Monday, July 3rd 2017

NVIDIA Adds DirectX 12 Support to GeForce "Fermi" Architecture

With its latest GeForce 384 series graphics drivers, NVIDIA quietly added DirectX 12 API support for GPUs based on its "Fermi" architecture, as discovered by keen-eyed users on the Guru3D Forums. These include the GeForce 400-series and 500-series graphics cards. The support appears to be sufficient to run today's Direct3D feature-level 12_0 games or applications, and completes WDDM 2.2 compliance for GeForce "Fermi" graphics cards on Windows 10 Creators Update (version 1703), which could be NVIDIA's motivation for extending DirectX 12 support to these 5+ year old chips. Whether they meet your games' minimum system requirements is an entirely different matter.
Source: Guru3D Forums
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58 Comments on NVIDIA Adds DirectX 12 Support to GeForce "Fermi" Architecture

#26
P4-630
The Way It's Meant to be Played
Could this be this the reason I had so many problems installing/running windows 10 on an older (2008) Asus laptop with GT425M before?
It would simply freeze up all the time, either during installation or the short moments I was in windows it would freeze up as well...
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#27
bug
P4-630 said:
Could this be this the reason I had so many problems installing/running windows 10 on an older (2008) Asus laptop with GT425M before?
It would simply freeze up all the time, either during installation or the short moments I was in windows it would freeze up as well...
I doubt it. Win10 supports DX12, it does not require it. It was probably Asus and their "famous" ACPIs.
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#28
TheOne
rtwjunkie said:
On topic, this quiet Fermi rollout mystifies me. Why would Nvidia not tell Fermi owners? It makes no sense to release the capability and not publicize it.
There was someone harassing the GeForce forum for most of the last 2 years, I don't remember who, but he would always ask about Fermi getting DX12 support in driver threads.

Also 3DMark says my GTX470 doesn't have enough memory and may not complete TimeSpy.
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#29
GoldenX
Kaotik said:
It's not 12_0 capable, it's 11_0 capable. The only thing that changed really is the fact that now it can run the API itself.
(for reference, even Kepler and Maxwell gen 1. are 11_0, not even 11_1 like GCN1 & Haswell/Broadwell, let alone 12_0 like GCN2-4 or 12_1 like GCN5 and Maxwell gen 2. & Pascal and Skylake/Kaby Lake)

edit:

No they didn't. GCN1 is 11_1, 2-4 are 12_0, 5 is 12_1.
D3D12 supports feature levels 11_0, 11_1, 12_0, 12_1
So? That makes it totally capable of running DX12 code. The problem here is that Nvidia took a couple of years to fulfill the promise of bringing DX12 to Fermi. They promised Vulkan too and later decided it was "not worth it".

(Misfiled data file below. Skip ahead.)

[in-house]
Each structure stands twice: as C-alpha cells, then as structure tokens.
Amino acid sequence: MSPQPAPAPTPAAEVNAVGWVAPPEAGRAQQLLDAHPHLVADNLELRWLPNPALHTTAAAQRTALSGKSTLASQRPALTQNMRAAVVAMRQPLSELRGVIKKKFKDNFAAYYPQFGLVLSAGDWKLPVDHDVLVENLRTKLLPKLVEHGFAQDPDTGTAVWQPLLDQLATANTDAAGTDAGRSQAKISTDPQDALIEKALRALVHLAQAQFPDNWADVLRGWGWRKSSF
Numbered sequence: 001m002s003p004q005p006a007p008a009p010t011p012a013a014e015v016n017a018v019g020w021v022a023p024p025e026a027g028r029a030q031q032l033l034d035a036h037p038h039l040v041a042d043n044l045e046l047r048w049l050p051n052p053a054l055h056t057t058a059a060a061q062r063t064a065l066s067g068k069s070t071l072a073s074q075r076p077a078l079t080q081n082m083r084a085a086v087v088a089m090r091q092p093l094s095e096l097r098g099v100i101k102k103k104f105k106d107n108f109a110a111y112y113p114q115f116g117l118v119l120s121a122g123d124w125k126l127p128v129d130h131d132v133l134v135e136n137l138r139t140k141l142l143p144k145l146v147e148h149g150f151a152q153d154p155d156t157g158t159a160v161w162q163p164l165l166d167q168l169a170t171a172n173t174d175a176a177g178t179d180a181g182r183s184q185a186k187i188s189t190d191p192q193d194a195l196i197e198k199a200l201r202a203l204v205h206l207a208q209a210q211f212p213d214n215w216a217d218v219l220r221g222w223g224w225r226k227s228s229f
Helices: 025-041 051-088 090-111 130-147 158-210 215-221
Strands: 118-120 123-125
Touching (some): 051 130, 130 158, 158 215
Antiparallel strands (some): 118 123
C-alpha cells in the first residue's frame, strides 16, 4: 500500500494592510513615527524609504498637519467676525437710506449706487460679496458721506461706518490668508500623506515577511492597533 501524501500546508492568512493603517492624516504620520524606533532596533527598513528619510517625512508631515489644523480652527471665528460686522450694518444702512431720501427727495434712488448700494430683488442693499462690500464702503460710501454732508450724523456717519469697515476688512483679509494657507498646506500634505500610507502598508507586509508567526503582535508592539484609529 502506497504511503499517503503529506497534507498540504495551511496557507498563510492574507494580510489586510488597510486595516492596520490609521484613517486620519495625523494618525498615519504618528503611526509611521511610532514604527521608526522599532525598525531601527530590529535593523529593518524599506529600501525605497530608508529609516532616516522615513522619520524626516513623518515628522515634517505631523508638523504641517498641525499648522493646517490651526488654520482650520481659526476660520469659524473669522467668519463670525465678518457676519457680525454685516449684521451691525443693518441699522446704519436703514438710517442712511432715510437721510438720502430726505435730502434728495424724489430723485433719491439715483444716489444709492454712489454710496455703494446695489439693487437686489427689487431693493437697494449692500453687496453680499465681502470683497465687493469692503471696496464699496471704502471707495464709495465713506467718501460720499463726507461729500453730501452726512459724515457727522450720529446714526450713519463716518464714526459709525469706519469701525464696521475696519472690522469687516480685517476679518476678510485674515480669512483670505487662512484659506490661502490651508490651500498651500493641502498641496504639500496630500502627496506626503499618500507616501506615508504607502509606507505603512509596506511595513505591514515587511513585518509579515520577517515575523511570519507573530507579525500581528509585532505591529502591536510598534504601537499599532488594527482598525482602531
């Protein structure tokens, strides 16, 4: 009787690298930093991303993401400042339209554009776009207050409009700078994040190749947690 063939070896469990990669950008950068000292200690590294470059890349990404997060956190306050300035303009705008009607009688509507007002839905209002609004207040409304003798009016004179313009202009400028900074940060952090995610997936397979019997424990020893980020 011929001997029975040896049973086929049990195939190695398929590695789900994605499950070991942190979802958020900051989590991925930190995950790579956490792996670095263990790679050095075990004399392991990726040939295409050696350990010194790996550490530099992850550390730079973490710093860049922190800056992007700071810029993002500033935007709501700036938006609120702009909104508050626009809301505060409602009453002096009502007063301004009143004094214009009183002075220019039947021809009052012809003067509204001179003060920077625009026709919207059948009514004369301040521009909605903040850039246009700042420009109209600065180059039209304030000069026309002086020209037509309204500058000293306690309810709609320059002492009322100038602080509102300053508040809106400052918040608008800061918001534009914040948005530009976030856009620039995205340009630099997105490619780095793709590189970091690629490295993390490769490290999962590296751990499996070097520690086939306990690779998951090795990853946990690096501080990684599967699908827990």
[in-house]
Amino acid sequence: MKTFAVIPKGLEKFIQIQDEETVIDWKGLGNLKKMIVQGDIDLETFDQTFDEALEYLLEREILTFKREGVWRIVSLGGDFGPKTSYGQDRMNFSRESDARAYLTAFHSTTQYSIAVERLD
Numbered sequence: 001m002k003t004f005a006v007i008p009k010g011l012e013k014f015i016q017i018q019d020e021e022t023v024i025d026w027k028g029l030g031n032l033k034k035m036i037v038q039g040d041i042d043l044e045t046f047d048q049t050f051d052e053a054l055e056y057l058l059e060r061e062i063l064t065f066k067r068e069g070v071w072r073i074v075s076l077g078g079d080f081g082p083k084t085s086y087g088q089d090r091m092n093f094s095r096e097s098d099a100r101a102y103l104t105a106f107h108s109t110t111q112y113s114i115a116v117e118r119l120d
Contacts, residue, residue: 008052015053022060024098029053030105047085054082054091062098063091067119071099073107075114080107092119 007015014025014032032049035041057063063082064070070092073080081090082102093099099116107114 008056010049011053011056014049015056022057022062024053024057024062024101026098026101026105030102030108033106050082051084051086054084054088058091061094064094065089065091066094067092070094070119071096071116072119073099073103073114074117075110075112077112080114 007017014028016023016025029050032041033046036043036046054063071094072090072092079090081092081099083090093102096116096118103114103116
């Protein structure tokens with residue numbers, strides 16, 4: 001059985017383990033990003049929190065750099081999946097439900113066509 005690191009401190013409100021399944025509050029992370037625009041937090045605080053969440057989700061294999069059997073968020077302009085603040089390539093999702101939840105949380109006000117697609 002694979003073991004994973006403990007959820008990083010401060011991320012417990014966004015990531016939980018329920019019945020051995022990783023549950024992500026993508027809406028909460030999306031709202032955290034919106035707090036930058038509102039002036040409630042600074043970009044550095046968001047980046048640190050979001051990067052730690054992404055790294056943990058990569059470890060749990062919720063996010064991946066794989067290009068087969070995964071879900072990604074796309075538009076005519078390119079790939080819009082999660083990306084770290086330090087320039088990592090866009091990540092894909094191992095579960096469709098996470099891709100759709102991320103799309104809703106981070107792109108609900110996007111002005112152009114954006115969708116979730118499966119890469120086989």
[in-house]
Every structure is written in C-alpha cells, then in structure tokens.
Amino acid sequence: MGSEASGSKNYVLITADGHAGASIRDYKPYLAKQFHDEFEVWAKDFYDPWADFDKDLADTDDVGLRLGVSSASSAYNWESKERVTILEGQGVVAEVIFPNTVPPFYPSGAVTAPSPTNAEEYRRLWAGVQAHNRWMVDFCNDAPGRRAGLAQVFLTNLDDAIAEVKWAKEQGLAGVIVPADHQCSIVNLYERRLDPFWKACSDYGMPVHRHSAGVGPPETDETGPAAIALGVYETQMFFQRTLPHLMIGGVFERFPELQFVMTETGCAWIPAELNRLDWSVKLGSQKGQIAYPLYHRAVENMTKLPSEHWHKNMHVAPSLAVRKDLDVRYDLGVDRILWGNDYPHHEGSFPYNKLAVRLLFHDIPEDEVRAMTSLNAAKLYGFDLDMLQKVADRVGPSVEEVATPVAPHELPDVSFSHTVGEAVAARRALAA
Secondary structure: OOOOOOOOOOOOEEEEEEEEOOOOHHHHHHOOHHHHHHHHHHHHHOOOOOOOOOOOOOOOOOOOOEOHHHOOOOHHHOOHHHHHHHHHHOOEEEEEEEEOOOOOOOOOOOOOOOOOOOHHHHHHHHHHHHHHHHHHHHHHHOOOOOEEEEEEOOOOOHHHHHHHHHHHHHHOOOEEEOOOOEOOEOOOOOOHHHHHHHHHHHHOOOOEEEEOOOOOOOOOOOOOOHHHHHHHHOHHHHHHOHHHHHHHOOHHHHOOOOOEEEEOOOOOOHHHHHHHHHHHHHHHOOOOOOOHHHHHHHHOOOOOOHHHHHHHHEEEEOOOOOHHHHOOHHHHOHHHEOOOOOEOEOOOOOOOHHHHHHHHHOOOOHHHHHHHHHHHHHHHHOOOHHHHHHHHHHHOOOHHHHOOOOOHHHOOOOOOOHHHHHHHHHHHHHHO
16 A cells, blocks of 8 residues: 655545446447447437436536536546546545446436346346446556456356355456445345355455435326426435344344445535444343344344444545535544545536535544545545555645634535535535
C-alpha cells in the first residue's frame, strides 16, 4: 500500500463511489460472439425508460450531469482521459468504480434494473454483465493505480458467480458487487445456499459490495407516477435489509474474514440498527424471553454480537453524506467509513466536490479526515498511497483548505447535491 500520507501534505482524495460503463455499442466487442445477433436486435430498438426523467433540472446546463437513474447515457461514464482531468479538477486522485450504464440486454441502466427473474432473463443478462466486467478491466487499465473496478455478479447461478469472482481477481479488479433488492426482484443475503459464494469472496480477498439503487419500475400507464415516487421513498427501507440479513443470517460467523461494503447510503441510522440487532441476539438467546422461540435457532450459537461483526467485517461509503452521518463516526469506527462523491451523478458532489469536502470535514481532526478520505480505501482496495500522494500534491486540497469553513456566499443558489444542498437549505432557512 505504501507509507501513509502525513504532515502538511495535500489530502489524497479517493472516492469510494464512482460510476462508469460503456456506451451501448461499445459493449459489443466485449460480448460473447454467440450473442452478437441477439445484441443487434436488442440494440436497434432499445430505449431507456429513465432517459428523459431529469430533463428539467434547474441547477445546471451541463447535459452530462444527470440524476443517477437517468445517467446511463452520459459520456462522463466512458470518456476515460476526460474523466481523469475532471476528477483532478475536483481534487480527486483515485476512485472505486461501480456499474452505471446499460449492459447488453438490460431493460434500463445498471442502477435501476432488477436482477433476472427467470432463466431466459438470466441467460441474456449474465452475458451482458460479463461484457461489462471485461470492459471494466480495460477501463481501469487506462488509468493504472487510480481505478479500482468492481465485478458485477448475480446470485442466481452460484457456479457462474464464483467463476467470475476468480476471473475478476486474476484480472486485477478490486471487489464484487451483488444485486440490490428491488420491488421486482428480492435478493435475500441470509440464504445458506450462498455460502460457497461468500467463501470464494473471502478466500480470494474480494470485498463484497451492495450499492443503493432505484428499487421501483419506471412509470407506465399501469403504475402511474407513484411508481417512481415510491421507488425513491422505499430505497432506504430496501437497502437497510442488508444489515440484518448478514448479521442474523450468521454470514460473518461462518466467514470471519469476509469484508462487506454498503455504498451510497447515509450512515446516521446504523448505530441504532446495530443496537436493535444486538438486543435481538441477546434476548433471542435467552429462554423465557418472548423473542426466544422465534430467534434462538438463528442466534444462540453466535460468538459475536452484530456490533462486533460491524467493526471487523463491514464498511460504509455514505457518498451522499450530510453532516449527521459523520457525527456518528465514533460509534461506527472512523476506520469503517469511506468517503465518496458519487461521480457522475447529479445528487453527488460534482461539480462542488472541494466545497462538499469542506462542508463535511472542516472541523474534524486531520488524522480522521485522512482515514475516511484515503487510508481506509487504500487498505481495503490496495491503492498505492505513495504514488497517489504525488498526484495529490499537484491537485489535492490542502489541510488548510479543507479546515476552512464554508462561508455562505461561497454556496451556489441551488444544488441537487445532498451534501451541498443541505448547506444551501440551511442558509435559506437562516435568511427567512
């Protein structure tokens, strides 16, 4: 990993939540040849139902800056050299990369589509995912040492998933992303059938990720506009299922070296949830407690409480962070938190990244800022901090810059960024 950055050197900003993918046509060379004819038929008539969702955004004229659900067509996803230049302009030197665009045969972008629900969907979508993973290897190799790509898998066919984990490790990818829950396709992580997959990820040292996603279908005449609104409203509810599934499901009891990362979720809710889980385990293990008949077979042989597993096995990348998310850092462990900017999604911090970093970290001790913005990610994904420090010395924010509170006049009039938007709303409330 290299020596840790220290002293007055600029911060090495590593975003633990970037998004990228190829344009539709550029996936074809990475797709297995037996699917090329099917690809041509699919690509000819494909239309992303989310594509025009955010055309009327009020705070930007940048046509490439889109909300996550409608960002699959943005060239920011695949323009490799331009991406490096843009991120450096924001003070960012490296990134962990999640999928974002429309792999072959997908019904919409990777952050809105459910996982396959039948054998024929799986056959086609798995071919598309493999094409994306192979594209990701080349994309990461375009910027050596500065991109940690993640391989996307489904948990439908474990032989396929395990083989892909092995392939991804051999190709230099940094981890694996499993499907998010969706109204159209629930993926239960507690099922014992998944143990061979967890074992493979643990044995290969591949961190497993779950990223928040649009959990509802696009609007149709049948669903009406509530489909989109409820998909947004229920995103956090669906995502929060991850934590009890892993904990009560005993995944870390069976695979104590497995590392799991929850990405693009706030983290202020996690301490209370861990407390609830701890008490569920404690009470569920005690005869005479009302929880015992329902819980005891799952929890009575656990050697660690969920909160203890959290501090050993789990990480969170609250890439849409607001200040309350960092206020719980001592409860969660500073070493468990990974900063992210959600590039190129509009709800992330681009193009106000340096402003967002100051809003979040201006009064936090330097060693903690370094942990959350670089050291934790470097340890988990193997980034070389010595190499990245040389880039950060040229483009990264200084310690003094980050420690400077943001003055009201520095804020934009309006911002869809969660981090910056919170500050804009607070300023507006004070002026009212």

AMD was very clear from the beginning saying only GCN will have it, and the best of all is Intel, giving support to Ivy Bridge and up.
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#30
KainXS
Tried it on an old Fermi card I had laying around.

Posted on Reply
#31
bug
GoldenX said:
So? That makes it totally capable of running DX12 code. The problem here is that Nvidia took a couple of years to fulfill the promise of bringing DX12 to Fermi. They promised Vulkan too and later decided it was "not worth it".
AMD was very clear from the beginning saying only GCN will have it, and the best of all is Intel, giving support to Ivy Bridge and up.
I have to repeat my question: AMD left GCN 1.0 out initially. When did they add DX12 support for GCN 1.0?
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#33
Red_Machine
This is like back in the old days, when companies would regularly add support for newer versions of DirectX in software. My old GeForce2 MX was a DX7 card, but the latest drivers made it report DX9 in dxdiag.
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#34
bug
P4-630 said:
AMD Confirms GCN Cards Don’t Feature Full DirectX 12 Support – Feature Level 11_1 on GCN 1.0, Feature Level 12_0 on GCN 1.1/1.2
http://wccftech.com/amd-confirms-gcn-cards-feature-full-directx-12-support-feature-level-111-gcn-10-feature-level-120-gcn-1112/

That article only says what the hardware can do, it does not confirm support (notice how Fermi is listed in there, despite it receiving support only now). I honestly can't find any info about when GCN 1.0 received support.
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#35
agent_x007
Last time I checked, I couldn't even lauch API test :)
Also, I'm sorry W1zzard.... ("fix" needs to be fixed) : LINK.

Scores for my GTX 580 Lighting (1,5GB) :
Time Spy : LINK (Score : 962)
API Overhead test 2.0 : LINK
Gears of War 4* :

*have a problem with resolution scaling lock... (trying to fix).
Posted on Reply
#36
GoldenX
bug said:
I have to repeat my question: AMD left GCN 1.0 out initially. When did they add DX12 support for GCN 1.0?
From day one, same with Vulkan.
Posted on Reply
#37
efikkan